How To Apply for ERC as a Cannabis Business
BusinessIn the competitive cannabis industry, every opportunity for financial growth is worth exploring. Yet, amid the challenges and complexities, one valuable but often overlooked resource is the Employee Retention Credit (ERC). This refundable tax credit, designed to alleviate employment tax burdens, could hold the key to unexpected financial support for your cannabis business expansion.
This article will break down the details of the credit program and show you how it can benefit your bottom line and provide financial stability for your cannabis business. You’ll also learn how to apply for ERC as a cannabis business.
What is the Employee Retention Tax Credit?
The Employee Retention Tax Credit (ERTC) is a federal tax credit introduced as part of the Coronavirus Aid, Relief and Economic Security (CARES) Act to provide financial relief to employers during the COVID-19 pandemic. The credit is designed to encourage employers to retain their employees by offering a tax incentive. Here’s a breakdown of how it works and how it can be used for a cannabis business:
The ERTC provides a tax credit equal to 50% of eligible wages paid by an employer. These wages are capped at a maximum of $10,000 per employee for each calendar quarter.
To qualify for the ERTC, an employer must meet one of two criteria:
a. The business was fully or partially suspended because of government orders related to COVID-19. For example, if a cannabis retail dispensary had to temporarily close or reduce operations because of lockdown measures, it would likely qualify.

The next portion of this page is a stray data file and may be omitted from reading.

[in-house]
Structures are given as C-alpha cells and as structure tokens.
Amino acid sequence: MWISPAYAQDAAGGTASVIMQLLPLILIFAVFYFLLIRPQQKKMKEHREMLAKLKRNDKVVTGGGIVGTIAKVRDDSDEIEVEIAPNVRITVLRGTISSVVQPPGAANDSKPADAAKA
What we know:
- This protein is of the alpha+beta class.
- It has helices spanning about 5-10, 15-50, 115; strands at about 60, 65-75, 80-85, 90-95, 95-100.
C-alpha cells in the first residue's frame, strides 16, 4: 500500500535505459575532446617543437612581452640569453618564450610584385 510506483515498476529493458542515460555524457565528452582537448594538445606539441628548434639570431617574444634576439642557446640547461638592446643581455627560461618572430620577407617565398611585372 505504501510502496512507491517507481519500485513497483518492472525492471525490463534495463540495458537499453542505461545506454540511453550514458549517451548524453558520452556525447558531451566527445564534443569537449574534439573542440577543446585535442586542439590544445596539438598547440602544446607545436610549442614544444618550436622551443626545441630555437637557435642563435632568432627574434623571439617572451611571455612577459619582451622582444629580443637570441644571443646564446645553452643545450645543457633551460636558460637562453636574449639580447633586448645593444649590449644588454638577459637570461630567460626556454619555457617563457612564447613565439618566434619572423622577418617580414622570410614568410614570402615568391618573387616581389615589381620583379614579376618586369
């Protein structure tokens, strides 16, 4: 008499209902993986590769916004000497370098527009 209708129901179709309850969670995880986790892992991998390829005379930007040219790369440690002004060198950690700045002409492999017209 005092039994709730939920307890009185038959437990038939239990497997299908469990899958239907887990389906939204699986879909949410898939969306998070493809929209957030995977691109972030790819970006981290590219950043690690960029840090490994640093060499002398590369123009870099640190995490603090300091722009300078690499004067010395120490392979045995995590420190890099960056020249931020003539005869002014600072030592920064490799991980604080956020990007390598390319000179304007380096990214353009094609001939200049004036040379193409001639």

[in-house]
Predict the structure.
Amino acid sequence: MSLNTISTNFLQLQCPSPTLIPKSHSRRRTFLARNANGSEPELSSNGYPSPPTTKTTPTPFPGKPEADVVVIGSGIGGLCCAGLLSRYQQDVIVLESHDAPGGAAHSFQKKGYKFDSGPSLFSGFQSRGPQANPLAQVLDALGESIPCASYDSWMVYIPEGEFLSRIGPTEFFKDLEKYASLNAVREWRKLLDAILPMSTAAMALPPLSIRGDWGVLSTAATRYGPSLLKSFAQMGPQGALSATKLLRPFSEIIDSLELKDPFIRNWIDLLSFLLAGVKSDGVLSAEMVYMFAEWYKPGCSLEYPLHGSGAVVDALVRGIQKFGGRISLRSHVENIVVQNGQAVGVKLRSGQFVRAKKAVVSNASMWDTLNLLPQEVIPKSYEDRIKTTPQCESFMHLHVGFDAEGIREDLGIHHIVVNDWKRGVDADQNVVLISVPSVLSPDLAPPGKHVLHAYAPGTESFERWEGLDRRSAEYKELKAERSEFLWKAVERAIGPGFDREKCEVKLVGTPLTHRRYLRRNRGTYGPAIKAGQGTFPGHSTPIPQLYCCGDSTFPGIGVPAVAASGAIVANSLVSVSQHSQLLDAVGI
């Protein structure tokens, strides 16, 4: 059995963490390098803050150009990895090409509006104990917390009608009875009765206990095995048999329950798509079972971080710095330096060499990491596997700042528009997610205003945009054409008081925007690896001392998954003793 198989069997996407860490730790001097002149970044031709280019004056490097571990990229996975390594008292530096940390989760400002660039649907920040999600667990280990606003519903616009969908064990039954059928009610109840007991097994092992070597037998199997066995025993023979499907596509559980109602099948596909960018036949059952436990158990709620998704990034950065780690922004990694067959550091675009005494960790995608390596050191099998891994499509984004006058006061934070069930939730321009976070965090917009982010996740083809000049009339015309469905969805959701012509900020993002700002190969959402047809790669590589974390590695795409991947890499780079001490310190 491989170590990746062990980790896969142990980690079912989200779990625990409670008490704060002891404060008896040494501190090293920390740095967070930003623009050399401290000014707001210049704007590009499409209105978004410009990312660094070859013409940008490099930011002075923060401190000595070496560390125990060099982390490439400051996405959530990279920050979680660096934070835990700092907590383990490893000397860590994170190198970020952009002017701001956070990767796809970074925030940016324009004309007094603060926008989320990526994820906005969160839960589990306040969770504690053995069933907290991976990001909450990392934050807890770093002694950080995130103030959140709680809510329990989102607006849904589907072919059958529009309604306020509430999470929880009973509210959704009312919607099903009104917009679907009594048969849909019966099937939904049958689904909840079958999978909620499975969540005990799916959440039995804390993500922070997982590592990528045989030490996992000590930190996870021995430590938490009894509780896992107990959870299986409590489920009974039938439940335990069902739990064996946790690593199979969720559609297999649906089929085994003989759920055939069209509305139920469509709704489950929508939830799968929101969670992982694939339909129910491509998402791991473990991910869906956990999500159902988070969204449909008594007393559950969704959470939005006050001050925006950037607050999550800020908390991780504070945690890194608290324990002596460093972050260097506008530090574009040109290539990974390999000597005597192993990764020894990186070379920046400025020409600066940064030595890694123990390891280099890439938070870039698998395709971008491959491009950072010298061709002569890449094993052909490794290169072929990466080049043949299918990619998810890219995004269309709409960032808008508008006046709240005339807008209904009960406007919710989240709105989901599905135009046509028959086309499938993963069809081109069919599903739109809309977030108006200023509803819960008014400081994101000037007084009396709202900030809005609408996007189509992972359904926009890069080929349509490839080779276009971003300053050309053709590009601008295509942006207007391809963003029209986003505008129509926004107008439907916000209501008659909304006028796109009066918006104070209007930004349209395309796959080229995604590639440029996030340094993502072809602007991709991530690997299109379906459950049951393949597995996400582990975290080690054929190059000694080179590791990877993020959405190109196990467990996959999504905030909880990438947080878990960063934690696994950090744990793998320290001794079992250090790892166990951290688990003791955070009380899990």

b. The business experienced a significant decline in gross receipts. Specifically, if the business’s gross receipts for a calendar quarter in 2020 were less than 50% of the gross receipts for the same quarter in 2019, it may be eligible. For a cannabis business owner, this decline could be because of reduced sales or disruptions caused by the pandemic.
Size of the business
The ERTC is particularly beneficial for smaller businesses. Employers with fewer than 100 full-time employees can claim the credit for all wages paid, whether the employees are working or not. Larger employers can only claim the credit for wages paid to employees who are not working for the reasons mentioned above.
Why the Employee Retention Credit Is Valuable for Cannabis Businesses
The ERTC holds significant value for cannabis businesses, primarily because of the challenges they face in a heavily regulated industry. Here’s why the ERTC is particularly valuable for cannabis businesses:
Regulatory Hurdles and Compliance Costs
Cannabis businesses operate in a complex regulatory environment. Complying with these regulations often requires substantial financial resources. The ERTC can provide much-needed financial relief by reducing employment tax liabilities, allowing cannabis companies to allocate funds to compliance efforts rather than tax obligations.
The cannabis industry is capital-intensive, with significant upfront costs related to cultivation, production and distribution. Many cannabis businesses struggle with cash-flow constraints, making it challenging to invest in growth initiatives or meet customer demands promptly. The ERTC offers a direct infusion of capital through tax credits, enabling these businesses to improve cash flow and expand operations when needed.
The cannabis industry experienced economic uncertainty during the COVID-19 pandemic. Business disruptions, lockdowns and fluctuations in consumer behavior posed additional challenges. The ERTC was introduced as a response to these uncertainties, offering financial support to cannabis businesses during times of crisis.
Support for Small and Medium-Sized Enterprises